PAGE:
Table 6: Coating weight by chemical method on Tcs and Bcs.
5.1. Model Validity and Selection Criteria

To verify that this EIRD model is suitable for the data sets which have been used, we have used negative log-likelihood value, Akaike information criteria (AIC), Bayesian information criteria (BIC), K-S distance, and p value,

wherewhere denotes the log-likelihood at MLEs, q is the number of parameters, and n is a sample size.

The values of goodness-of-fit measures, the values of negative likelihood obtained by MLE method, and their standard errors (in brackets) of the models fitted are given in the Tables 7 and 8.

Table 7: Statistics of the goodness-of-fit, MLE, and standard errors (SE) for Bcs.
Table 8: Statistics of the goodness of fit, MLE, and standard errors (SE) for Tcs.

The strength of fit of EIRD is compared with the other four distributions, namely: IRD, RD, IWD, and GIED, and the results in Tables 7 and 8 show that EIRD has the highest p value compared with the four distributions. Also histograms and theoretical densities and Q-Q plot verify how well used data set fits to EIRD compared with other four distributions in Figures 5 and 6. The data set of coating weights for March, 2018 from ALAF industry is used to obtain the results.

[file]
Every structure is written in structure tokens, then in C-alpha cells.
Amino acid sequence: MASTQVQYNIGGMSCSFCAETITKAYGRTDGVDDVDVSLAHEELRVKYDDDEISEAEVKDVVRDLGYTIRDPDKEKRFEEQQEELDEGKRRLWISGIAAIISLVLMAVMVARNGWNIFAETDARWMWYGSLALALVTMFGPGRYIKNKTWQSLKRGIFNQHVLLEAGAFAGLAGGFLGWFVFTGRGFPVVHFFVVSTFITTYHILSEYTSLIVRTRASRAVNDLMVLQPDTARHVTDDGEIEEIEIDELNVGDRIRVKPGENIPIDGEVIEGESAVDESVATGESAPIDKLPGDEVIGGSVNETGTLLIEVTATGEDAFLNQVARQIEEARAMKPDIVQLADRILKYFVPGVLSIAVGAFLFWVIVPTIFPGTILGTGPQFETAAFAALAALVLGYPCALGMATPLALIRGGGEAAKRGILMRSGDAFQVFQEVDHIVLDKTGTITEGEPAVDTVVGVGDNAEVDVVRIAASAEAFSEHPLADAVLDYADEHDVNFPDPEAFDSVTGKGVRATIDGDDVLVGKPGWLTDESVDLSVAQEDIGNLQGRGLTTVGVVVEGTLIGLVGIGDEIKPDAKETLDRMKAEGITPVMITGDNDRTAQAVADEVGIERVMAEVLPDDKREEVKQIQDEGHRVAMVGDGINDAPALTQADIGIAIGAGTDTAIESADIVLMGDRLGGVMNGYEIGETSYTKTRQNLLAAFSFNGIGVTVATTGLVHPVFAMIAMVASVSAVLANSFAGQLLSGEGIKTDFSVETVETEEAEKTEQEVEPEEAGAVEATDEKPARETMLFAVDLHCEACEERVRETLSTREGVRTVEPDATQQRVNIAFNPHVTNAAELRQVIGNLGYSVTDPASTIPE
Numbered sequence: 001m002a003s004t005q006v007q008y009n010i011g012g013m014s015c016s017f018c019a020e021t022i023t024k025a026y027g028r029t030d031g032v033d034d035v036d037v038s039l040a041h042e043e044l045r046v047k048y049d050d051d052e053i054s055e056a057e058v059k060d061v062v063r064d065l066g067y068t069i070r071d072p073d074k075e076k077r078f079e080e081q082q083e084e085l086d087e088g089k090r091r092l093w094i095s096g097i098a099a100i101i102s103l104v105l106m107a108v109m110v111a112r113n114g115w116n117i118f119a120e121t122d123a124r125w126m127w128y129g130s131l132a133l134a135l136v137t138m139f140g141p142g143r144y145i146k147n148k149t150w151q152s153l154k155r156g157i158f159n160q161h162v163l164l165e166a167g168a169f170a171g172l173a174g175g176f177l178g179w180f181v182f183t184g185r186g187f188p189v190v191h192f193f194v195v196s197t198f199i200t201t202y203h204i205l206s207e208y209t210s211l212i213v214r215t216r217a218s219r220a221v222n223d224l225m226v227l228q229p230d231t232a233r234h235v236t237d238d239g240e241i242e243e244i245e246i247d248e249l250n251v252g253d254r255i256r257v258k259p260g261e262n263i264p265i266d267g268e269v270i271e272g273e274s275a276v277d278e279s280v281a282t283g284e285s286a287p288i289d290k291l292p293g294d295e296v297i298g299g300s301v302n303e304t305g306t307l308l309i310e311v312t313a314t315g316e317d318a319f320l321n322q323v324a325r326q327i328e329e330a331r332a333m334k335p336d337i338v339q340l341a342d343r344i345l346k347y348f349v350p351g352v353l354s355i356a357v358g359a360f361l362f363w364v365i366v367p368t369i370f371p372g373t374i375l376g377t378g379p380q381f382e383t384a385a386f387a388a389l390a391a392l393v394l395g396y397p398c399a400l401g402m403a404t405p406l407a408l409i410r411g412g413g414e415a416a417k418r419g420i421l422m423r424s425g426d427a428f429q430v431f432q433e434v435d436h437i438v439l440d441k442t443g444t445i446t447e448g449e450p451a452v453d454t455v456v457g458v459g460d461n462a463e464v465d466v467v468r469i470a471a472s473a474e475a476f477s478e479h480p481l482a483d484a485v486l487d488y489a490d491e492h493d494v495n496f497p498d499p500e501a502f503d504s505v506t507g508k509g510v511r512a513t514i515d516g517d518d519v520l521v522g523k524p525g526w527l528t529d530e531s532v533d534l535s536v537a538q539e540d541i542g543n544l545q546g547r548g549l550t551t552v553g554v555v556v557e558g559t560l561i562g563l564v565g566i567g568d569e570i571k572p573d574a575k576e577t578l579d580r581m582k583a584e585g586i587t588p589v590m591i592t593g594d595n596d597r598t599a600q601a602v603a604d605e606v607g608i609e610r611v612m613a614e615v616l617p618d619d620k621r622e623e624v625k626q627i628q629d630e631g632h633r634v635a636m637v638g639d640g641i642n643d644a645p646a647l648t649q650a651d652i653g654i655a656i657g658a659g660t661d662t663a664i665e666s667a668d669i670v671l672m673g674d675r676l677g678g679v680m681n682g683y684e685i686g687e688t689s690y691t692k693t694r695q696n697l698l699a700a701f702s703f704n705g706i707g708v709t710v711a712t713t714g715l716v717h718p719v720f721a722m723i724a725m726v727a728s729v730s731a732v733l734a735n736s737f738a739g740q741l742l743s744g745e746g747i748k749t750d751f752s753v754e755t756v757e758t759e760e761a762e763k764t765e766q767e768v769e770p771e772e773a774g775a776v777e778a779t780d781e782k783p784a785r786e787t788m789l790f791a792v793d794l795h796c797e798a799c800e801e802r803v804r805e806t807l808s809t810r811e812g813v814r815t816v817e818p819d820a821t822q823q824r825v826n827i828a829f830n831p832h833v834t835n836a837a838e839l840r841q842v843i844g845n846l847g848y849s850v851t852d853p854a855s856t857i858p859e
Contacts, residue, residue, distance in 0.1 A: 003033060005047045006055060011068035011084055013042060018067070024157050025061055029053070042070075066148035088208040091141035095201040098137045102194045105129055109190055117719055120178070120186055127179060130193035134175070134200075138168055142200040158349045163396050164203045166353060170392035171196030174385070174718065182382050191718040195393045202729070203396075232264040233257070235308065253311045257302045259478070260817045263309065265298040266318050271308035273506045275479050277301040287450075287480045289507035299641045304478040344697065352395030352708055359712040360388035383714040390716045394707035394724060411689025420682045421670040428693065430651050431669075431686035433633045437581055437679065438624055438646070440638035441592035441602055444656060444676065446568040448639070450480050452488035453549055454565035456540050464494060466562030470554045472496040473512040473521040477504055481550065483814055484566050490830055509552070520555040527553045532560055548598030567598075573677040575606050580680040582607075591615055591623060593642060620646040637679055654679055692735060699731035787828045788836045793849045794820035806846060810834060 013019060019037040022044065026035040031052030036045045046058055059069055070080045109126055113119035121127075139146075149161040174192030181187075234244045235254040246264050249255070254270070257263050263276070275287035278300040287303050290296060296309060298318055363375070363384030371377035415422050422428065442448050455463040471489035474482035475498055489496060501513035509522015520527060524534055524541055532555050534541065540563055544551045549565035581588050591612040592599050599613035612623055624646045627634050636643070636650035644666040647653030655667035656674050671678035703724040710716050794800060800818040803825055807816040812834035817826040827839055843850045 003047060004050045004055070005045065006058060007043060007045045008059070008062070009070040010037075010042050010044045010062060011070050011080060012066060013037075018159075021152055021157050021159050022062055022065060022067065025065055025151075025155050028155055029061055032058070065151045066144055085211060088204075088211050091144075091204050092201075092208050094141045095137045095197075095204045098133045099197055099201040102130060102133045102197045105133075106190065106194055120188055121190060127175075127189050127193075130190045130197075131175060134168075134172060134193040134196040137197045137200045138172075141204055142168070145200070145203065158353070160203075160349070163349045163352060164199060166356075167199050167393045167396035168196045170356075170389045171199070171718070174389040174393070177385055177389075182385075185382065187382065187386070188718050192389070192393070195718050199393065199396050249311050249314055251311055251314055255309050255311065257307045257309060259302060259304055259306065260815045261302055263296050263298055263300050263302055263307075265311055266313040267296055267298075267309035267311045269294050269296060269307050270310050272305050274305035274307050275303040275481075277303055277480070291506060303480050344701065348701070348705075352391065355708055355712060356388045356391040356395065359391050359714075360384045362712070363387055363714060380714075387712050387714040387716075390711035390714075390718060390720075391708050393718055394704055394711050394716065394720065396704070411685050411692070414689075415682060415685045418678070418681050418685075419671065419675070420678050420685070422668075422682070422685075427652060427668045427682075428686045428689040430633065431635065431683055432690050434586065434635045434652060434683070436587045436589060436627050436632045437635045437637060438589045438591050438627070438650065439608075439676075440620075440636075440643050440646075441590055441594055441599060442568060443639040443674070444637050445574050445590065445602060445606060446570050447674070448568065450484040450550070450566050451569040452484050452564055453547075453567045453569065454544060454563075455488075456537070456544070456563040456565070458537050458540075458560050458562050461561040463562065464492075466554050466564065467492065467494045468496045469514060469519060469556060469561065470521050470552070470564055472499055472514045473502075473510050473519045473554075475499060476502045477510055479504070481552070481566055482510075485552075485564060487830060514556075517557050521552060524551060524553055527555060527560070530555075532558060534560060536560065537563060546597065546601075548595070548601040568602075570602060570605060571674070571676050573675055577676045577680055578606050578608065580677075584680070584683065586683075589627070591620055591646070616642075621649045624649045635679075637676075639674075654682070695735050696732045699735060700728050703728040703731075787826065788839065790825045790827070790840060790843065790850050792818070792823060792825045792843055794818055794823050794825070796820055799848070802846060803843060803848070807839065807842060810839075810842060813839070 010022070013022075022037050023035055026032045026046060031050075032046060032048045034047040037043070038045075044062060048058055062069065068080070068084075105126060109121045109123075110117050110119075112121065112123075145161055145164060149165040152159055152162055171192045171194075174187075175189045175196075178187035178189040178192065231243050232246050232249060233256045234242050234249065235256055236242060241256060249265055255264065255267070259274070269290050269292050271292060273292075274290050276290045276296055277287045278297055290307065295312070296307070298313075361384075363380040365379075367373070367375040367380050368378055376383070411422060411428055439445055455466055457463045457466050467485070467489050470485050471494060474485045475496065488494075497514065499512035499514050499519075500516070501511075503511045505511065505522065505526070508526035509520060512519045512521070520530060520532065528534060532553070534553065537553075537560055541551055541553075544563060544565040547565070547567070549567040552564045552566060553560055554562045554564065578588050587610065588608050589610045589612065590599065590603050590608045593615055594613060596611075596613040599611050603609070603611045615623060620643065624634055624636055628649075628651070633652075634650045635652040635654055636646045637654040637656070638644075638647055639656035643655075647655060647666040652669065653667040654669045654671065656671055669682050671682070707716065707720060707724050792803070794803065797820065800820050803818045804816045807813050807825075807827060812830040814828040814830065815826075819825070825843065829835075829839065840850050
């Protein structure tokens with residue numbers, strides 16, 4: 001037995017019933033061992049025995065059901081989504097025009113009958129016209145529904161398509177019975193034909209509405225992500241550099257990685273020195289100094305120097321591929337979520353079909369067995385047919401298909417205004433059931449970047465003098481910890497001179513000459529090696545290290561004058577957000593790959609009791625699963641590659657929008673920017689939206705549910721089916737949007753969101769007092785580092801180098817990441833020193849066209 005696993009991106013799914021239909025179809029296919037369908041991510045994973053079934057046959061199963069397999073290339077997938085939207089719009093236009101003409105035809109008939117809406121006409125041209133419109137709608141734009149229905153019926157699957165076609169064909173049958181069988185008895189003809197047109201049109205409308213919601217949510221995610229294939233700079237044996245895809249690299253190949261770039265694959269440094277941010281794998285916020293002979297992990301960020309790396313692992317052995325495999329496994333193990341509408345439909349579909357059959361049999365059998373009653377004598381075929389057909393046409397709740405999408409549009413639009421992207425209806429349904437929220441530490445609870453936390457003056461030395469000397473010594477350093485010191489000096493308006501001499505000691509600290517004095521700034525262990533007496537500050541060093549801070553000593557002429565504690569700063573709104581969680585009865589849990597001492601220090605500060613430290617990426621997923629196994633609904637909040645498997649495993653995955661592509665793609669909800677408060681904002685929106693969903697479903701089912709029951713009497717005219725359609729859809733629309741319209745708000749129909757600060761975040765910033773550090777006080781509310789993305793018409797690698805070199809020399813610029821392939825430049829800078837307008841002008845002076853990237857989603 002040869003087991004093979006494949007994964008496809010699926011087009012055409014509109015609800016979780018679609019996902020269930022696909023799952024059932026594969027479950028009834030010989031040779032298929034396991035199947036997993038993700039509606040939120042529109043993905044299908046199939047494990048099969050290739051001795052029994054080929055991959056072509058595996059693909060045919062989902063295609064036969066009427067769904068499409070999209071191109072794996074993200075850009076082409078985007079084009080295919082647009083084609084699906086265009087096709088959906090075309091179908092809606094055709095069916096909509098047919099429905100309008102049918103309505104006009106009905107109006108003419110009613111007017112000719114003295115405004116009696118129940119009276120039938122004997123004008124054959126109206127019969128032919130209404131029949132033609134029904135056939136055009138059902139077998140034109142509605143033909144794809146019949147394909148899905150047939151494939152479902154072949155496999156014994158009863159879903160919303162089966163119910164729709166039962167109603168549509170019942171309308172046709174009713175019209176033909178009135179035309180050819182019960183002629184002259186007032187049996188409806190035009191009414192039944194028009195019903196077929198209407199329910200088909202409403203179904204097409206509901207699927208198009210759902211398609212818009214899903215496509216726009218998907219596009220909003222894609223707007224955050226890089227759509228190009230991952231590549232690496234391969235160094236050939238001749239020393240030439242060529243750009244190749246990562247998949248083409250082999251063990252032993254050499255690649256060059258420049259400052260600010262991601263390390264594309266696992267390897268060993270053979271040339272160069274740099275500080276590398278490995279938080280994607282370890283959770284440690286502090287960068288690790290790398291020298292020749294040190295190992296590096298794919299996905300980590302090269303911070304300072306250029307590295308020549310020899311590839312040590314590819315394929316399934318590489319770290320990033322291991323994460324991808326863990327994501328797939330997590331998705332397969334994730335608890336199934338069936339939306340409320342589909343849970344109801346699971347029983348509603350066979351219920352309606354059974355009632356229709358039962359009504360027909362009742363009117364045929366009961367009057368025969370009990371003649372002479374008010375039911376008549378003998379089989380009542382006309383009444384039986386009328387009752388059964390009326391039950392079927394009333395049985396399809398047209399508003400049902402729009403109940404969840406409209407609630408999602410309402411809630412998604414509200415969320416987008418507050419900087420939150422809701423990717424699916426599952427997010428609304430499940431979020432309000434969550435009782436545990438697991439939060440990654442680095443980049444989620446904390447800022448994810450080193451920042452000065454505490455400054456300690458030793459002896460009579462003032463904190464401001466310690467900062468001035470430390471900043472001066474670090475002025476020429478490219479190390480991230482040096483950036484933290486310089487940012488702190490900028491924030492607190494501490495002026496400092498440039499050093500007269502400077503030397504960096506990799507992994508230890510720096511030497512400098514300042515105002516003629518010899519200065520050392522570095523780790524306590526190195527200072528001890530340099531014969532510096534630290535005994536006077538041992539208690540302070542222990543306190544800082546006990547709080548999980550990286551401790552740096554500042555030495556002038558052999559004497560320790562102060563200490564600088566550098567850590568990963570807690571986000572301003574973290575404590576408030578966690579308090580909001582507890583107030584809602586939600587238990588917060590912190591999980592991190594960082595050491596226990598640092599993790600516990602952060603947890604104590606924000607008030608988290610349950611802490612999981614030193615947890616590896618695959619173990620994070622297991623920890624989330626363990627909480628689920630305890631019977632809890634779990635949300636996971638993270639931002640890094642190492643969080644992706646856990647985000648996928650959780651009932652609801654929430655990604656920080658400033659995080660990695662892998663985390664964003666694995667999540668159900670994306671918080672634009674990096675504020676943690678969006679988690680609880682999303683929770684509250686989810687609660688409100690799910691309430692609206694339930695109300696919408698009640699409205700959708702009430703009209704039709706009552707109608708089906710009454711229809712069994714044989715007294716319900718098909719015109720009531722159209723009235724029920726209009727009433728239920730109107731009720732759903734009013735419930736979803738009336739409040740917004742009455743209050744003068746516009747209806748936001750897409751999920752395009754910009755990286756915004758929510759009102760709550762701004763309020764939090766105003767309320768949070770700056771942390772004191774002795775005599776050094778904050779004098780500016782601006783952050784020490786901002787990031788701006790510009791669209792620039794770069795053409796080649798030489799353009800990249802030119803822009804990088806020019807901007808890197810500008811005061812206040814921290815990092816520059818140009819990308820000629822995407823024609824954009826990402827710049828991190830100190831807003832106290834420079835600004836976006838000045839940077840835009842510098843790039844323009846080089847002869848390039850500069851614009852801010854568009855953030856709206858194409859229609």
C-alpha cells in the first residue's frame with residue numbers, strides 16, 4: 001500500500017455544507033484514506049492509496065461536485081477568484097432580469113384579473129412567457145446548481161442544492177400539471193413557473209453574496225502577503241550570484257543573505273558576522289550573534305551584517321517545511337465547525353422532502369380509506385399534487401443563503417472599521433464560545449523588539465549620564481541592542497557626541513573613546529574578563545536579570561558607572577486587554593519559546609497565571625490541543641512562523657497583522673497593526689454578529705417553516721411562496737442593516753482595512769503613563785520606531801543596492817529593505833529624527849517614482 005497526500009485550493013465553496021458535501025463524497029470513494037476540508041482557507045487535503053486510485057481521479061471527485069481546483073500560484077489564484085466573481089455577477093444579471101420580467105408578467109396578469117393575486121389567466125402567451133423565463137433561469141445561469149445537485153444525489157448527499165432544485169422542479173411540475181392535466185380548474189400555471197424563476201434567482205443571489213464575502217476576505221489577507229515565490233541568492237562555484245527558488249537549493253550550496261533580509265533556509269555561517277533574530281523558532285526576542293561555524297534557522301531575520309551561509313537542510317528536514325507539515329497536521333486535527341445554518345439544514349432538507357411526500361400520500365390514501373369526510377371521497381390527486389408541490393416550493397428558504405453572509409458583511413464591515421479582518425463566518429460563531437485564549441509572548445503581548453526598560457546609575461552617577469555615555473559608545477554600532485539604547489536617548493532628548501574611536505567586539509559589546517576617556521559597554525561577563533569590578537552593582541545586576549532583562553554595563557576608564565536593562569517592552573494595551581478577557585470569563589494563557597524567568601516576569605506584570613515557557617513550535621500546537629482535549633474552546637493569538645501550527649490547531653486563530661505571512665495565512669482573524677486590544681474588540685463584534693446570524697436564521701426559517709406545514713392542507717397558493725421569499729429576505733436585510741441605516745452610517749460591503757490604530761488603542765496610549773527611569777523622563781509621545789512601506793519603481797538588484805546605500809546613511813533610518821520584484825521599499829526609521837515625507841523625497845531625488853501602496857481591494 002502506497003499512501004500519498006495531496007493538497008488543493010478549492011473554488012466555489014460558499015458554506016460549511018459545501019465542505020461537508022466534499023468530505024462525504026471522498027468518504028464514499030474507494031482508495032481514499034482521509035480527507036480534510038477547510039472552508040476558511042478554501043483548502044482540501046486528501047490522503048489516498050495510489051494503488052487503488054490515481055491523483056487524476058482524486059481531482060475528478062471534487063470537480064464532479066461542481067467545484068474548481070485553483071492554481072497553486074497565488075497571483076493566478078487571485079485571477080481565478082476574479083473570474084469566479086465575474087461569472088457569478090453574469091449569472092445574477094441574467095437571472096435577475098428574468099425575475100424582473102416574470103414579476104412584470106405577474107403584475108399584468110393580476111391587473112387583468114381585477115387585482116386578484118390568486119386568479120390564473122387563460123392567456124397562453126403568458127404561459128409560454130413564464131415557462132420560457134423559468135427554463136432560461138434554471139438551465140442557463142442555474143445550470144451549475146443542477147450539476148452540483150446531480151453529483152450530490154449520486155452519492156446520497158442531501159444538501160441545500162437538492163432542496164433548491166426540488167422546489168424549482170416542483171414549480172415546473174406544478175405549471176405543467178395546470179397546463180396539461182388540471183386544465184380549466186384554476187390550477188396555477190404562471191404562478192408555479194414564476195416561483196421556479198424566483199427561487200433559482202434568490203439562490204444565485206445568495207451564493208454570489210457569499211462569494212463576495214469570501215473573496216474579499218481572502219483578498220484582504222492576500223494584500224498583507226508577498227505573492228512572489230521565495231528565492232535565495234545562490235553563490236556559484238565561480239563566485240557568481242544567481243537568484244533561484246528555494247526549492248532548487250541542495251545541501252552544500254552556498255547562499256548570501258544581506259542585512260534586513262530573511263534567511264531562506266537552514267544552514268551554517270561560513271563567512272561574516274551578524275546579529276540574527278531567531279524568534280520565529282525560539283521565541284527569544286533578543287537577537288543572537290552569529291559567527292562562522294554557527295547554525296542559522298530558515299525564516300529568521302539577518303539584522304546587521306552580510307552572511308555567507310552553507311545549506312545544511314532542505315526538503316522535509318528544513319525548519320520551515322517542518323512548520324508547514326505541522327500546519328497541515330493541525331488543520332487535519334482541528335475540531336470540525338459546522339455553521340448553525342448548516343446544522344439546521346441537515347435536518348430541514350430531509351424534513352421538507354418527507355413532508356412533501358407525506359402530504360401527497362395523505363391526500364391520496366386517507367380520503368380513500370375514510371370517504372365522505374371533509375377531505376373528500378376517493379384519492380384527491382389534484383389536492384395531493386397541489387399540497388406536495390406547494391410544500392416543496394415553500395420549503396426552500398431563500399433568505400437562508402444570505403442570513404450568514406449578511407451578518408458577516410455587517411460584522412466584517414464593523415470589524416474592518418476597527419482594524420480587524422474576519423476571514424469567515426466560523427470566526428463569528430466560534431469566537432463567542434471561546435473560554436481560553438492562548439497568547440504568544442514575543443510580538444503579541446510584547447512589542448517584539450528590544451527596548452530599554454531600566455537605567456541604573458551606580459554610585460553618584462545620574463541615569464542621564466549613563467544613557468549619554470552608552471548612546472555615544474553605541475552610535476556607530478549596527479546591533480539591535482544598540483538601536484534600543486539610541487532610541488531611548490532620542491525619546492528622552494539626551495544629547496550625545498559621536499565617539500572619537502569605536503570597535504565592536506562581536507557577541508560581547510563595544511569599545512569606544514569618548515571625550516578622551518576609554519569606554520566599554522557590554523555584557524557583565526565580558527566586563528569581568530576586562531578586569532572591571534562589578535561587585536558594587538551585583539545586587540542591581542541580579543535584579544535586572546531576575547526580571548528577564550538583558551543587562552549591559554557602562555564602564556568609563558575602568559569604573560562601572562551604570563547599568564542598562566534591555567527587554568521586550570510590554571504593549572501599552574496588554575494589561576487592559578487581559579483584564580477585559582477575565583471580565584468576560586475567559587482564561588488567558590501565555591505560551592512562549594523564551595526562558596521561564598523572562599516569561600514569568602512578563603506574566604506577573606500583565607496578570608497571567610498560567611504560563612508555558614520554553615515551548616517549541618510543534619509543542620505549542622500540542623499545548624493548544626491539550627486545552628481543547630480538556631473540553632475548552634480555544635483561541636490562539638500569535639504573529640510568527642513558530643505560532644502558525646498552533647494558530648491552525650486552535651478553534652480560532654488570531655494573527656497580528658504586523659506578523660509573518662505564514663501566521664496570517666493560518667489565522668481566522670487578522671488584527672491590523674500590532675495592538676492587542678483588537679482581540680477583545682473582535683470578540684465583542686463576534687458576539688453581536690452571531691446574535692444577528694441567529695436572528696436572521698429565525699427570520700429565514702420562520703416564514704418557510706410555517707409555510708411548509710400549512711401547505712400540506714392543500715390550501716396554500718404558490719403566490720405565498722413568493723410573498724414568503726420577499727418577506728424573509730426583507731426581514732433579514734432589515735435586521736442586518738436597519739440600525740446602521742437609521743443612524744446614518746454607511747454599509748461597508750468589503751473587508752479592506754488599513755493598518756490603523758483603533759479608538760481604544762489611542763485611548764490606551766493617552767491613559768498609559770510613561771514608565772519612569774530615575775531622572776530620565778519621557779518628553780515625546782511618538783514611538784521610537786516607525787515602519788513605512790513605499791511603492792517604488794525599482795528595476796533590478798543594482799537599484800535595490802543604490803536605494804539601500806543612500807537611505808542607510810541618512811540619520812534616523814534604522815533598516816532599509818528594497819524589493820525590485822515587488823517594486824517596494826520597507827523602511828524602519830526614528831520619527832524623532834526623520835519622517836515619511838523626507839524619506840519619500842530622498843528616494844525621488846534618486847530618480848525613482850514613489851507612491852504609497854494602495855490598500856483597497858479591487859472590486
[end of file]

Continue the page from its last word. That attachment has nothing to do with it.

Figure 5: Histograms and theoretical densities and Q-Q plot for BCS.
Figure 6: Histograms and theoretical densities and Q-Q plot for TCS.

The parameters of EIRD are estimated by using four different estimation methods, known as, maximum likelihood, least square, weighted least square, and percentile estimation method. The efficiency of the estimation methods differs from one data set to another as shown in Tables 9 and 10. For example least square estimation method is the best among the others in TCs while maximum likelihood is the best estimation method for BCs.

Table 9: The goodness of fit statistics for parameter estimated under various methods for Tcs.
Table 10: The goodness of fit statistics for parameter estimated under various methods for Bcs.

6. Conclusions